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Defined as "accenting a musical note by extending it slightly beyond its normal time value," AGOGIC is the evocative name adopted by the seasoned front-line of multi-instrumentalist John Lonacker (alto saxophone, bass clarinet) and trumpet player Cuong Vu for a multi-generational collective featuring electric bassist Luke Bergman and drummer Evan Woodle, two of Seattle's most promising young upstarts. Longstanding veterans of the vibrant 1990's Brooklyn scene, D'Angelo and Vu recently moved back to the Emerald City, their childhood home. Their relocation and subsequent recruitment of Bergman and Woodle as part of AGOGIC demonstrates the creative potential of scenes outside of New York, Chicago and Los Angeles.
The group brims with capricious energy on their self-titled debut, inspired in part by the youthful rhythm section but also by D'Angelo, who is infamous for his extroverted onstage antics. Interlocking funk rhythms drive tunes like "Two Well" and "Use 2," which spotlight Bergman and Woodle's adroit syncopation while simultaneously enhancing D'Angelo and Vu's spirited contrapuntal interplaya recurrent highlight of the session established at the onset of the opener "En Se Ne," a progressively deconstructed blues abstraction. Though the testosterone-fueled attack of Bergman's overdriven fuzz bass and Woodle's rock-inflected beats provide fervent energy to D'Angelo's histrionic altissimo outbursts during the climax of "Acid Kiss," it is during introspective farelike the same number's unassuming introductionthat the ensemble's nuanced abilities truly come to the fore. Glacially building from hushed Miles Davisian fragments to coruscating vocalizations, Vu's dramatic trumpet solo ascends in concert with the rhythm section's increasing velocitybefore they shift into high gear for D'Angelo's acerbic tirade.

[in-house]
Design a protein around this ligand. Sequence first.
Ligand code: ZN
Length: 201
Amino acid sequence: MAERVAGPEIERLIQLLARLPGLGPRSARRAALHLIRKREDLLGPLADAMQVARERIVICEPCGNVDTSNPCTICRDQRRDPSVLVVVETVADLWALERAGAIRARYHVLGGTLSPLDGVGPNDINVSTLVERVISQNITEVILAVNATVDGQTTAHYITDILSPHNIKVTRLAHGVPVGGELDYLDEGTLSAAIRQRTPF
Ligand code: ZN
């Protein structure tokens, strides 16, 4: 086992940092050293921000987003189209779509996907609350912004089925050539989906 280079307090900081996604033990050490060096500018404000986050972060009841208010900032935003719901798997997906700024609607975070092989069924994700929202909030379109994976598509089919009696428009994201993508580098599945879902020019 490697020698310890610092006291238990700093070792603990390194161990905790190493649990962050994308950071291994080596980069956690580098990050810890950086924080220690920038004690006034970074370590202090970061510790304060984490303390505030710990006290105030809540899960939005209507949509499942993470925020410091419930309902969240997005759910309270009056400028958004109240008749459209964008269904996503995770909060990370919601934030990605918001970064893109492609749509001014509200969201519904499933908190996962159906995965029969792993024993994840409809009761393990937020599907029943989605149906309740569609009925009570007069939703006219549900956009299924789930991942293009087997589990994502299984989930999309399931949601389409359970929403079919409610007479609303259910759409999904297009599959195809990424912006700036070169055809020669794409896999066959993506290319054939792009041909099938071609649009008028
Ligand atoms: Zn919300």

Embracing dynamic territory beyond kinetic workouts, "Old Heap" and "Gently Shifting Next" weave hypnotic bass lines and understated rubato percussion around legato melodies spun from horns bathed in reverb and delay, reveling in the long tones and atmospheric impressionism implied by the band's name. "Felicia" is the most striking inclusion of the set, a gorgeous ballad written by D'Angelo that portrays another aspect of his personaone of unflinching sentimentality and emotional resolve.
Following in the footsteps of such renowned ensembles as Bloodcount and Human Feel, AGOGIC brings its own unique sensibility to the modern electro-acoustic piano-less quartet tradition. Tempering the fiery enthusiasm of youth with the cool wisdom of experience, the group's self-titled debut presents the Pacific Northwest's burgeoning creative improvised music scene as a viable alternative to Gotham's abiding influence.
Track Listing: En Se Ne; Two Well; Acid Kiss; Old Heap; Felicia; Use 2; Gently Shifting Next.
Personnel: Andrew D'Angelo: alto saxophone, bass clarinet; Cuong Vu: trumpet; Luke Bergman: bass; Evan Woodle: drums.
Jazz is a creative explosion of individual freedom and communication.
I was first exposed to jazz when I was a kid. My father had a music store.
The best live performance I ever attended was Kenny Garrett in Harlem, New York.
The first jazz record I bought was Saxophone Colossus by Sonny Rollins.
My advice to new listeners is keep listening!